More women than ever run for Senate, but hurdles remain

Record number of women run for office

PHOENIX (AP) -- Women running for office have crossed another threshold with a record number of candidates for the U.S. Senate.

 Actually winning those seats and changing the face of the chamber are a different matter. Many of the women jumping into Senate races face uphill campaigns. Two female senators, both Democrats, could lose their re-election bids, possibly leaving the Senate more male-dominated than before.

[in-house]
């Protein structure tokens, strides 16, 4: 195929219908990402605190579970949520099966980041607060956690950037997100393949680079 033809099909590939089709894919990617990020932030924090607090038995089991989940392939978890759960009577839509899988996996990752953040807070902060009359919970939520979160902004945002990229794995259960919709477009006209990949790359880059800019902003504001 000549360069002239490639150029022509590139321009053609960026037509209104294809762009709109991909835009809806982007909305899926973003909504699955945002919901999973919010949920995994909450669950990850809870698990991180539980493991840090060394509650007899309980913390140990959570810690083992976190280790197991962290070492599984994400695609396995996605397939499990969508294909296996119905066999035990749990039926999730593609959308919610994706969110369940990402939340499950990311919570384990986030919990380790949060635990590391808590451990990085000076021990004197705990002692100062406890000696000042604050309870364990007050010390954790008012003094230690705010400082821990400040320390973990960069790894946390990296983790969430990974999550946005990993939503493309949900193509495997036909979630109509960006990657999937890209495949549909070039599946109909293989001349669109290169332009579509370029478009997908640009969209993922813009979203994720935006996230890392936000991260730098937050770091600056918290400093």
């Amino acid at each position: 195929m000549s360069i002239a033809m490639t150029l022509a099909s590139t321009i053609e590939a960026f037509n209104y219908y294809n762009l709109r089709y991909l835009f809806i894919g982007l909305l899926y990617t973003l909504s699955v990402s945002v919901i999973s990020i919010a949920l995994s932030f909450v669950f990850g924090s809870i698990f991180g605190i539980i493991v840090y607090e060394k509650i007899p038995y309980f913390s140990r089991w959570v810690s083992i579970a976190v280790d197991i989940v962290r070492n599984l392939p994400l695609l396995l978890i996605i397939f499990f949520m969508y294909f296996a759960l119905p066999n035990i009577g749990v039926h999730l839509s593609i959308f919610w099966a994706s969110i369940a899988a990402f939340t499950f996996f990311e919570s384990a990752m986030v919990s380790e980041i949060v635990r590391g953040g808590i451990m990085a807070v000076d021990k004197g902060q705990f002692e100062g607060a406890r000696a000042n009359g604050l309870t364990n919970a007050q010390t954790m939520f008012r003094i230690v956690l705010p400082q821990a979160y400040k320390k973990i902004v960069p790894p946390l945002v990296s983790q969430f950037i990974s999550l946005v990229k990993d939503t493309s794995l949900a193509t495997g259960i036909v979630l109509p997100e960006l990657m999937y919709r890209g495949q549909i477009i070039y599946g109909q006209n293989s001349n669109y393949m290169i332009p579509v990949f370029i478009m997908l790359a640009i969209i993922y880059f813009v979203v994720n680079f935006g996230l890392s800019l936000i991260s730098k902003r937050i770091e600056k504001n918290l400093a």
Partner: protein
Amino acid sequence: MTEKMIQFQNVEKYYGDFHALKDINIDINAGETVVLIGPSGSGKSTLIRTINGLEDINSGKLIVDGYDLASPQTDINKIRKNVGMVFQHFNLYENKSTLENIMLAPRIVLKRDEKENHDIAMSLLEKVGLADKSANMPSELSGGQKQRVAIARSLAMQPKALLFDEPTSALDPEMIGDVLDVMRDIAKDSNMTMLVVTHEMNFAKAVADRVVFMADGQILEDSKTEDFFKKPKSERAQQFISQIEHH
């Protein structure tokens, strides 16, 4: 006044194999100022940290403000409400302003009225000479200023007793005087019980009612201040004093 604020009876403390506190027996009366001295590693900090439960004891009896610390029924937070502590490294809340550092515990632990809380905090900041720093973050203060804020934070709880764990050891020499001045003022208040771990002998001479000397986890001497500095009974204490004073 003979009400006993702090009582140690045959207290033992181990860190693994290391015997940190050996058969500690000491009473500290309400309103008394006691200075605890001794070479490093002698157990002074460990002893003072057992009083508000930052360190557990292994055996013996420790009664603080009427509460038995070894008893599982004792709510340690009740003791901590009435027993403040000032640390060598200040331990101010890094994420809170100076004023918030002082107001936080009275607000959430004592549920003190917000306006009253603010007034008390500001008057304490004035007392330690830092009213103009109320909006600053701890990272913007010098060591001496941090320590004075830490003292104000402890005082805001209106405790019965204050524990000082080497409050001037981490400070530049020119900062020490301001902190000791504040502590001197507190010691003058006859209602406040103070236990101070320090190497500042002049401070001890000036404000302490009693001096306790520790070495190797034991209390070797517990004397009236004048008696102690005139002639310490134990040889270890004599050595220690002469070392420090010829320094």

In Wisconsin on Wednesday, Democratic Sen. Tammy Baldwin and Republican state Sen. Leah Vukmir are expected to file for the state's Senate race. That would bring to 42 the number of women in the two major parties -- the most ever -- qualified to run for 19 seats in the Senate.

Today, 23 women are senators. In its history, the Senate has only seated 52 female members.

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